The result, judged as a testament to the grieving process, is palpable and much of the film looks at how we deal with loss… and the good and the bad that can come from it. The film starts to explore that on an individual and cultural level as T’Challa’s family and country come to term with the sudden loss of a king, a son, a brother and an icon. The streets of Wakanda are full of tears and dance, mourning white dresses swirling under the African sun and processions full of colour and music, the kind of tragic and joyous celebration of a life well-lived that any of us could wish for (albeit strangely absent of any of his Avenger comrades who you’d expect to be there to honour him). It’s necessary for the film to set these actions in stone before it can go any further.

Letitia Wright is good, reprising the role of Shuri, hit hardest by the loss of her brother and her inability to use her science to save him (dying in the opening minutes off-camera from an undefined condition). She’s angry at the world and can’t find the peace that most of her family find in the Wakandan faith of a generational afterlife, nor getting the answers she needs from her beloved science.  It’s a difficult balance for the character and even more so for the actor on whose shoulders a lot of the film must place its weight and she’s mostly up to the demands of the job, though far less memorable or magnetic a presence as  Boseman.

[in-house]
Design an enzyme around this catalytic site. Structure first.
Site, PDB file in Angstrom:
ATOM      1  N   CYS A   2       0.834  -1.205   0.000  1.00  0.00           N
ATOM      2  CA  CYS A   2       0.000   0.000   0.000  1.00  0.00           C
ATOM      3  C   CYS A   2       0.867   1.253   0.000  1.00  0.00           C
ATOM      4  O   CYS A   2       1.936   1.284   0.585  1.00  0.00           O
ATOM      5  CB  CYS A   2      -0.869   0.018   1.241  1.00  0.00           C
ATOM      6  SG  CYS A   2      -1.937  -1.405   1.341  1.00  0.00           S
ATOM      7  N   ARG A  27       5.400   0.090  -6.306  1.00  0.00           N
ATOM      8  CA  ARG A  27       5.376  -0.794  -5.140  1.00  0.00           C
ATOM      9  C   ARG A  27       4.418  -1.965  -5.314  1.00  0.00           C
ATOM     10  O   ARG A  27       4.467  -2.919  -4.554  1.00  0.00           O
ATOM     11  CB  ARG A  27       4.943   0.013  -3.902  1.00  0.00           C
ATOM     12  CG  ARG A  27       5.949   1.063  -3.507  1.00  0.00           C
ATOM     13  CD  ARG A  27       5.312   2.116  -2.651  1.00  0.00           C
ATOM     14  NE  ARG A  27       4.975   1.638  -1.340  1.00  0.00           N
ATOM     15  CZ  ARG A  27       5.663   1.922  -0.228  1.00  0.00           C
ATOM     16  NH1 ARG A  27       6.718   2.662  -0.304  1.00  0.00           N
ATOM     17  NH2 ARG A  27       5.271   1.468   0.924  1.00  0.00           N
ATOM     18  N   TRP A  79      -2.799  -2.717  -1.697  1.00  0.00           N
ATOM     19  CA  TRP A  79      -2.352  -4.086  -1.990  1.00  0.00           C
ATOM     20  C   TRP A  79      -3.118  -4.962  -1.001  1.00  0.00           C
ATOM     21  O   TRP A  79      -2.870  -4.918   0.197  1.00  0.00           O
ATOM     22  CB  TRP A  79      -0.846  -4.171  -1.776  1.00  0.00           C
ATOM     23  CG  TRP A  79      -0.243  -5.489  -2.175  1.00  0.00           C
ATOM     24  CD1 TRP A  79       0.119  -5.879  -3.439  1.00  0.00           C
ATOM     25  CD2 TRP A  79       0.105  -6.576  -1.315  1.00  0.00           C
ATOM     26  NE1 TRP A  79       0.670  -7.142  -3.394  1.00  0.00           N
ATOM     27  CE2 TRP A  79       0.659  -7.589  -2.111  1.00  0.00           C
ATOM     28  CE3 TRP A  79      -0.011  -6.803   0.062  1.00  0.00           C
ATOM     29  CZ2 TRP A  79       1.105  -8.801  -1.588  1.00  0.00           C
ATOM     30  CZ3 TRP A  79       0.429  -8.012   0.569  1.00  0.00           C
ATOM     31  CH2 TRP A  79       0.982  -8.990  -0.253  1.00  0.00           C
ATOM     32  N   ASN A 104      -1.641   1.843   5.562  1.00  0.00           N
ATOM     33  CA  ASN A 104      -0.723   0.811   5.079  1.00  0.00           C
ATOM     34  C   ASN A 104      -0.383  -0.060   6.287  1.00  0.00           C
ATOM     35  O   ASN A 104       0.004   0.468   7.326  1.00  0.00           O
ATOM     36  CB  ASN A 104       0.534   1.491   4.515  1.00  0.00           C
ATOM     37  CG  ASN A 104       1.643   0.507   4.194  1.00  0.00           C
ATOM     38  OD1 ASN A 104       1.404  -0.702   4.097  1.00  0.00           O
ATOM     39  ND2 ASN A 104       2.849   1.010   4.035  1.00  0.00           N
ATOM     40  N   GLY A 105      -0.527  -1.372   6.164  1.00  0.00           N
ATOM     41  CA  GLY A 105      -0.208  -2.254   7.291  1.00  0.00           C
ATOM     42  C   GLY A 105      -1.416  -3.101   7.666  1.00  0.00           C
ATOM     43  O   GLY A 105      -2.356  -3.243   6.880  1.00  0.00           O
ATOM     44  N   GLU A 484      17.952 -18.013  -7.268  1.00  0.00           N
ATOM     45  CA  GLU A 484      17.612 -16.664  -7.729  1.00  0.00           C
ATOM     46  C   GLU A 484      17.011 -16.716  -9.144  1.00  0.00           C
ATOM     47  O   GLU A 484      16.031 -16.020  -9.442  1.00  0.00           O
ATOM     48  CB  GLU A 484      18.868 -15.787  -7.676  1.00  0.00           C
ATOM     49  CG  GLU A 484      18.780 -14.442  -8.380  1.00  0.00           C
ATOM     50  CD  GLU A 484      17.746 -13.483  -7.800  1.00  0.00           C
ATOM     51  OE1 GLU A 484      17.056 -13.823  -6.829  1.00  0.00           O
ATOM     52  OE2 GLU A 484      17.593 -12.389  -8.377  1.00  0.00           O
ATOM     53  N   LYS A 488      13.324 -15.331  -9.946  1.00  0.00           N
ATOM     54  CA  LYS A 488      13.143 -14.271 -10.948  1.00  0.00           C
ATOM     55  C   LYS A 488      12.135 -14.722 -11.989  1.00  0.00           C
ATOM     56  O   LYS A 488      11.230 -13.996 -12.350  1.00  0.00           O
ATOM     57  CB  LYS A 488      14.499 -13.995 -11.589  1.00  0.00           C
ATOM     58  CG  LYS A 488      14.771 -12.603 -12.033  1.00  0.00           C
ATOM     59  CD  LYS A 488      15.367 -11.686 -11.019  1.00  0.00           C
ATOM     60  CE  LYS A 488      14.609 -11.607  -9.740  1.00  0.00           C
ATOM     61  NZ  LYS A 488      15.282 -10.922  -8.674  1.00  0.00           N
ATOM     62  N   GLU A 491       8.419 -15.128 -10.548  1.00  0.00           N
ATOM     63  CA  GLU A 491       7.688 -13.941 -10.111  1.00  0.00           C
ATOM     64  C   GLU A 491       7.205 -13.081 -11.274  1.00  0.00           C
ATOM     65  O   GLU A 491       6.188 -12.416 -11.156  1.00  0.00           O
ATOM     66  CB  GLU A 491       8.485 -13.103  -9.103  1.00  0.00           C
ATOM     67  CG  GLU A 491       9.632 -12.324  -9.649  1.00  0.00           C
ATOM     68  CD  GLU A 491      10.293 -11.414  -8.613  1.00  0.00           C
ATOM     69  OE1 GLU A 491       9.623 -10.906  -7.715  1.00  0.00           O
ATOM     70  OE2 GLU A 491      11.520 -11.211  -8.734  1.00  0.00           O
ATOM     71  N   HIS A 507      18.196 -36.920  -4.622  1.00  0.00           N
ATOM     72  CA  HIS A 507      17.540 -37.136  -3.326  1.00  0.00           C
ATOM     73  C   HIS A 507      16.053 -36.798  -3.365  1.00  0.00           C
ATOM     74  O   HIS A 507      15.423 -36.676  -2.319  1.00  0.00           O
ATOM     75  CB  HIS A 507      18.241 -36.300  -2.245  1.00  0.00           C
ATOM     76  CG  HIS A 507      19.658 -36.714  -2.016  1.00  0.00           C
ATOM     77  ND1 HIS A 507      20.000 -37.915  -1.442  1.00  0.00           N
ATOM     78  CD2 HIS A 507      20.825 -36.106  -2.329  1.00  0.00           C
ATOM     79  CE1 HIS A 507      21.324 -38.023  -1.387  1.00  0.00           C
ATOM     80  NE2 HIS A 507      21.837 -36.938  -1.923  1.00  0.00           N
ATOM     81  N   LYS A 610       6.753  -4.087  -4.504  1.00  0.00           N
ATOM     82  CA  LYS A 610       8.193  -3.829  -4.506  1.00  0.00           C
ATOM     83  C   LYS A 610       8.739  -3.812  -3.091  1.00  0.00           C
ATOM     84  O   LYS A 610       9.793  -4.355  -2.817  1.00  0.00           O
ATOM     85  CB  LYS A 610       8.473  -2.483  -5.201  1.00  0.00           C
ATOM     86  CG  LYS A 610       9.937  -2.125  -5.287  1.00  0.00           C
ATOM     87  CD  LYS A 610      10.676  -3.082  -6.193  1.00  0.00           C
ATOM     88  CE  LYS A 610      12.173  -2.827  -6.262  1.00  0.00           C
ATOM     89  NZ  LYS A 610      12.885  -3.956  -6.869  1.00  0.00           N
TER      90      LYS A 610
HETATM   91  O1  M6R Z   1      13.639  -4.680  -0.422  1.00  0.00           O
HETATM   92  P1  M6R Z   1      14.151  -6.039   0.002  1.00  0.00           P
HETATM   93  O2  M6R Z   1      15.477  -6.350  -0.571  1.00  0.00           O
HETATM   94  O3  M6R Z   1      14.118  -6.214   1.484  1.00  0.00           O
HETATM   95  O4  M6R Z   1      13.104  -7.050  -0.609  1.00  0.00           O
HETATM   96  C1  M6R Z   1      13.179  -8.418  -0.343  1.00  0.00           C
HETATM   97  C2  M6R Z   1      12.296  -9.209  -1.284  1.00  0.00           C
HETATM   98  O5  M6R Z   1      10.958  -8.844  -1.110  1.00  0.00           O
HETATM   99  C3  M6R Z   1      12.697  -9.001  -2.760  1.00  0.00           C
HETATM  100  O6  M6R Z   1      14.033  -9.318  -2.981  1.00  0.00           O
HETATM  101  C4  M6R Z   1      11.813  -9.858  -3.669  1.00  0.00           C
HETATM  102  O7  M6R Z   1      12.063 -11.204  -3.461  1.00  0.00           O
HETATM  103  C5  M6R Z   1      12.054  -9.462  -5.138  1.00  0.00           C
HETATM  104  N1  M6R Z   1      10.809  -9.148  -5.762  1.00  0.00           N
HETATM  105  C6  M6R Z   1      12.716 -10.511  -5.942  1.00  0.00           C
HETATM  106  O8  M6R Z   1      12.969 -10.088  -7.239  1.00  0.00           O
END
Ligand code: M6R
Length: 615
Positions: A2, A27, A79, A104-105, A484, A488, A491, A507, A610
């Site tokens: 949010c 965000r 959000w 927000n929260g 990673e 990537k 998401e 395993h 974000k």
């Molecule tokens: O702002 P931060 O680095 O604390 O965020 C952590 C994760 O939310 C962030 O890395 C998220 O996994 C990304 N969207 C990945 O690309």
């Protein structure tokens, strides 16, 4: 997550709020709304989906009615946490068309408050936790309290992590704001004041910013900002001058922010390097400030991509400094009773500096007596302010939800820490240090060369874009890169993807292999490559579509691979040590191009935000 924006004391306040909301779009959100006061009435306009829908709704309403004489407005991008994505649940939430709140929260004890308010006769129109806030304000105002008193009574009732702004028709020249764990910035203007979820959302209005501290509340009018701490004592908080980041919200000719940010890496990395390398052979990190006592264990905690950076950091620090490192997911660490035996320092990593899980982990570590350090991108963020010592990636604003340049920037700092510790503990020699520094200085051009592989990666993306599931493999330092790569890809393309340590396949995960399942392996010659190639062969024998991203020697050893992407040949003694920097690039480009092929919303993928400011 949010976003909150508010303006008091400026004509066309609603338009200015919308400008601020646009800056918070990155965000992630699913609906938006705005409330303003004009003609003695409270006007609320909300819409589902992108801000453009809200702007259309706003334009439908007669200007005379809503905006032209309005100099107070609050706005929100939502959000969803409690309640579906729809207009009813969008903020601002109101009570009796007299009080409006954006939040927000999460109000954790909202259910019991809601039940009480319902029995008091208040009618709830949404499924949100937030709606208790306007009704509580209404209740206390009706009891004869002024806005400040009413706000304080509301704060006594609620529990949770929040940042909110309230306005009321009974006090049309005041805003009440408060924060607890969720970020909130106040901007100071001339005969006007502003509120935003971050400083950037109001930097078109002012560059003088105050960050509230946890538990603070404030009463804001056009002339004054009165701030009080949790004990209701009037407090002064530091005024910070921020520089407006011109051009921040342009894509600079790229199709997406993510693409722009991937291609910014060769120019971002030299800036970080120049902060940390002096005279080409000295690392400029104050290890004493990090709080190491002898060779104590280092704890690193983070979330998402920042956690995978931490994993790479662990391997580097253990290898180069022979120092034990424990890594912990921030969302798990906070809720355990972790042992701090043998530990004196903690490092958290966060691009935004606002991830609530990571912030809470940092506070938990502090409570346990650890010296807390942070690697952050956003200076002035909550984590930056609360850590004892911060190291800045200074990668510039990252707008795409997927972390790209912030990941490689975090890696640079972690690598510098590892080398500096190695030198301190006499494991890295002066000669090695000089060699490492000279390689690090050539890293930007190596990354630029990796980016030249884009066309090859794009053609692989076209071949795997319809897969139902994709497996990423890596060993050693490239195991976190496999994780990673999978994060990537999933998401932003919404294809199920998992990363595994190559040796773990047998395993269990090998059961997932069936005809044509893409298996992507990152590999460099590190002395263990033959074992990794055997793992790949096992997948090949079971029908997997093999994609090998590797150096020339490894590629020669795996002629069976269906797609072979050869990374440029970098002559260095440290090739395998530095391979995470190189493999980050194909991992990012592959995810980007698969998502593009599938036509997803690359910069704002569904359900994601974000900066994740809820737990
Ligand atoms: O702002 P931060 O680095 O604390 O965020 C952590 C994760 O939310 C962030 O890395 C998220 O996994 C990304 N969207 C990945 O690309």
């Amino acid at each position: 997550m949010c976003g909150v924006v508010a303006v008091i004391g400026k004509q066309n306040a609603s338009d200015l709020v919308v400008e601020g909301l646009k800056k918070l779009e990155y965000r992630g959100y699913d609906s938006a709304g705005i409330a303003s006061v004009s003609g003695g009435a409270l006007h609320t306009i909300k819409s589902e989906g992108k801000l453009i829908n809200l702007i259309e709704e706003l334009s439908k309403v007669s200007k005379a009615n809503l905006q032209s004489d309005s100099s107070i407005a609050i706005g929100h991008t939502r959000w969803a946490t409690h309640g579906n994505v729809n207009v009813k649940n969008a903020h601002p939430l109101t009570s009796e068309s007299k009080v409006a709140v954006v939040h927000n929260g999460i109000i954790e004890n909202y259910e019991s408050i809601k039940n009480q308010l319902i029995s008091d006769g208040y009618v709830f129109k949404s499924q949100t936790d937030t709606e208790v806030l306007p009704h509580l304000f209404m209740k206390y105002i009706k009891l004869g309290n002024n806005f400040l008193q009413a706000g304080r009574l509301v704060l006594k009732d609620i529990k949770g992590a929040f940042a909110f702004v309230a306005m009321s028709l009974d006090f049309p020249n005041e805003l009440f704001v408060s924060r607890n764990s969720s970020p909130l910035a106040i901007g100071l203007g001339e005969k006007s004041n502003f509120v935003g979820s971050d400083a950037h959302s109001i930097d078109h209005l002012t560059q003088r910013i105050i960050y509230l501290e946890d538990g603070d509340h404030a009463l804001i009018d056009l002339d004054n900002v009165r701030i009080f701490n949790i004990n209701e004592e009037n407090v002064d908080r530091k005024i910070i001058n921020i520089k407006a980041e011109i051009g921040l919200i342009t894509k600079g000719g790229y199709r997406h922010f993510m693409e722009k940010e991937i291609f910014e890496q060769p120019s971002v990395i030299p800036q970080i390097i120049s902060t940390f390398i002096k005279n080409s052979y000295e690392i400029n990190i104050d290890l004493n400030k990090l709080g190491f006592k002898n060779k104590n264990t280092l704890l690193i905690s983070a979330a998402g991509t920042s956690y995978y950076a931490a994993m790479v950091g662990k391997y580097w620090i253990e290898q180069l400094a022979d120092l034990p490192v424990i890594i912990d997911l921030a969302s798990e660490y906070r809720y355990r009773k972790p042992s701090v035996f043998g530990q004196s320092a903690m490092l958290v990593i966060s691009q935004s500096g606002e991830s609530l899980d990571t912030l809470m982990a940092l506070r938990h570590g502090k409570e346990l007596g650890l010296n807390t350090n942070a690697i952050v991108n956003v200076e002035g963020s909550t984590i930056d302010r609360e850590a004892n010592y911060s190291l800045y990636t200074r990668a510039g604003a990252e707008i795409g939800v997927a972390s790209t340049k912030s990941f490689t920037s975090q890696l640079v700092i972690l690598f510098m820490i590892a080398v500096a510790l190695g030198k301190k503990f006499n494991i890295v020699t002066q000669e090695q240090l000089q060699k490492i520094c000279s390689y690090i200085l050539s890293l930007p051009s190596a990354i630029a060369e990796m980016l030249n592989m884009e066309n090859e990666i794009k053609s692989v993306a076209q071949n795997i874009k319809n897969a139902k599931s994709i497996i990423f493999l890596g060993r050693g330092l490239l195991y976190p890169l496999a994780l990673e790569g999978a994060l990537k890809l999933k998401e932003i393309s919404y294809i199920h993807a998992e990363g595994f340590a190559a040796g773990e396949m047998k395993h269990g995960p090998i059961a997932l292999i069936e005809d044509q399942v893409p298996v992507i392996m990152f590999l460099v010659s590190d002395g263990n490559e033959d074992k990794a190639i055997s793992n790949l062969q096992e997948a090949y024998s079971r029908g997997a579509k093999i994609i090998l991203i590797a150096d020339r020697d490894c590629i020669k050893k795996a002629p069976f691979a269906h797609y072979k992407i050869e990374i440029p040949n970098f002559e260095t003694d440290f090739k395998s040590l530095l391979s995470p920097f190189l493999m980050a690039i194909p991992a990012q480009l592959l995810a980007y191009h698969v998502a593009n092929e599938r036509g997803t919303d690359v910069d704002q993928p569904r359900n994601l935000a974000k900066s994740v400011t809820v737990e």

However, truth be told, she’s better in the civilian/princess role trying to find personal answers about life and assessing the new aquatic threat to Wakanda than she is in assuming the actual role of the new Black Panther. That key decision comes so late in the film that you’re beginning to suspect that her inheritance of the role, which was something of a foregone conclusion, might actually be a feint. But she does eventually take on the mantle, her scientific whizz allowing a new suit to be designed in mere days and a brief montage.  While Boseman had a casual, unique charisma that few could match, bringing a noble humanity to his Avenger and country’s protector in costume or not, Wright’s  hero is less interesting, ultimately an anonymous superhero figure that merely jumps around a lot and for the relatively brief screen-time might as well be a totally CGI creation until her last arc moments deciding how to truly honour her brother’s legacy. That’s also true of several other characters and I, for one, find it frustrating that the talents of Danai Gurira as Okoye and others are suddenly hidden behind yet another set of face-plated armour when there’s no real narrative need.